The Magic of Vanishing Reports (And How It Increases Consumption on Membership Sites)

The Magic of Vanishing Reports (And How It Increases Consumption on Membership Sites)

Around 1970 or so, a guy called Bill Gaines did something  pretty interesting. You see, Bill Gaines was the publisher of the famous comic known, weirdly, as ‘Mad Magazine.’

And he’d put in a whole bunch of gags and cartoons in the magazine itself. Then, several months later, he’d take that content and mix a part of it with other content. And created a theme which he’d put in what he called a ‘pocket book’.

So why would subscribers buy the very same content the second time around?

The answer lies in packaging. When any content changes form, it gains in value. Suddenly, people who may have never noticed the content, now scramble to get their hands on it.

And that’s how the Vanishing Reports were born

Vanishing reports are exactly what they seem to suggest. They’re reports that show up, and then disappear. All the reports are in a PDF format too, but here’s the interesting part. All the content almost always exists on our membership site at This means that members can access the information at any time. But invariably, they don’t.

And part of the reason is that like every site your membership site (and mine) will have too much information. And the way to get the member to consume, you need to use the steps outlined in the consumption model:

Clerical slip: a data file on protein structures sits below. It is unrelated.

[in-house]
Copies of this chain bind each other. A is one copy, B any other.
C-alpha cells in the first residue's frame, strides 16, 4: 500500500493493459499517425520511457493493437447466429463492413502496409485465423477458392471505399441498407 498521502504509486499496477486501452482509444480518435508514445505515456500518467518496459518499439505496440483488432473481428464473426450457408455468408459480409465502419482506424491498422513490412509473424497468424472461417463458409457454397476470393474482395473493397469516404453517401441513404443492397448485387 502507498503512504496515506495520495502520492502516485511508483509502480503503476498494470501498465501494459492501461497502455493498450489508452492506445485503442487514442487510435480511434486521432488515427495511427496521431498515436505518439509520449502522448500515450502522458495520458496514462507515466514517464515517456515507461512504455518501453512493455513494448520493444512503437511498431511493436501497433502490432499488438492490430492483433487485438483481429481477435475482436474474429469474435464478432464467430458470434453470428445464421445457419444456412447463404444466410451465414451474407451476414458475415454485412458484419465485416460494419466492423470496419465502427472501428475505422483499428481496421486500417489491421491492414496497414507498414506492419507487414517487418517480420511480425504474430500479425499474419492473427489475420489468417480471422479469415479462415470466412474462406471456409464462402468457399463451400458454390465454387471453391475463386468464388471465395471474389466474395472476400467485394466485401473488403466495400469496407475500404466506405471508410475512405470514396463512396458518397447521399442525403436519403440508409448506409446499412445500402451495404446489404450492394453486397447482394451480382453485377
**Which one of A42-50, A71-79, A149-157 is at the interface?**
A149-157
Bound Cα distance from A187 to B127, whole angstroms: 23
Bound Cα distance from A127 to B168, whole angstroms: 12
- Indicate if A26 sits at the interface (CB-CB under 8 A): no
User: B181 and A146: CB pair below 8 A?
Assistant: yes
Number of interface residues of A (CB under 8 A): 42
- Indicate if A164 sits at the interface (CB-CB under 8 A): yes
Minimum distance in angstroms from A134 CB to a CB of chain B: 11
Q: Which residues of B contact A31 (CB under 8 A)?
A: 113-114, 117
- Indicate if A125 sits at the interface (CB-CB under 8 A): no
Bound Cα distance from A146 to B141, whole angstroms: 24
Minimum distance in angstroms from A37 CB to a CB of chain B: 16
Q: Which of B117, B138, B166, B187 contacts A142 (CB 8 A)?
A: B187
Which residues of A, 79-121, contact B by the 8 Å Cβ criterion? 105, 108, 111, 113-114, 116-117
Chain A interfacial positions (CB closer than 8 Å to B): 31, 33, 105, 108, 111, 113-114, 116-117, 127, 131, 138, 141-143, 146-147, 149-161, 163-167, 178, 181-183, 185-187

1) Remove the intimidation

2) Create isolation

3) Which leads to implementation

We know that too much information creates intimidation, so we did what Bill Gaines did. We isolated the content, repackaged it in what we called the Vanishing Report and emailed the members. And the day the report comes out, the engagement goes nuts. Suddenly the place is swarming with members keen to get their report. Just for good measure, we don’t give them a direct link, but instead make the members come to the forum to get the report.

At this stage, members who may not have been engaging, get involved. They comment on the report, they ask more questions and they also do other things on the forum. And yes, isn’t that interesting? In most cases, the information exists and yet members want the information in a different format.

Now to be fair, these aren’t just text reports shoddily put together

They do have cartoons and a nice layout. They do provide a different experience and different format. Just like the pocket books from Mad Magazine did. The readers had already read the cartoons before, but they didn’t care.

The new format was differently sized and themed, and it was certainly worth the money to get the pocketbooks. In fact, Mad didn’t stop there. They started bringing out thick, telephone-directory-like products.

Again, it was just the same content recyled, but the audience didn’t care. They wanted it. And while it made Bill Gaines a millionaire (in the age where millionaires were really millionaires) it also increased consumption of Mad Magazine cartoons.

The Vanishing Reports, as you can tell, are quite similar in nature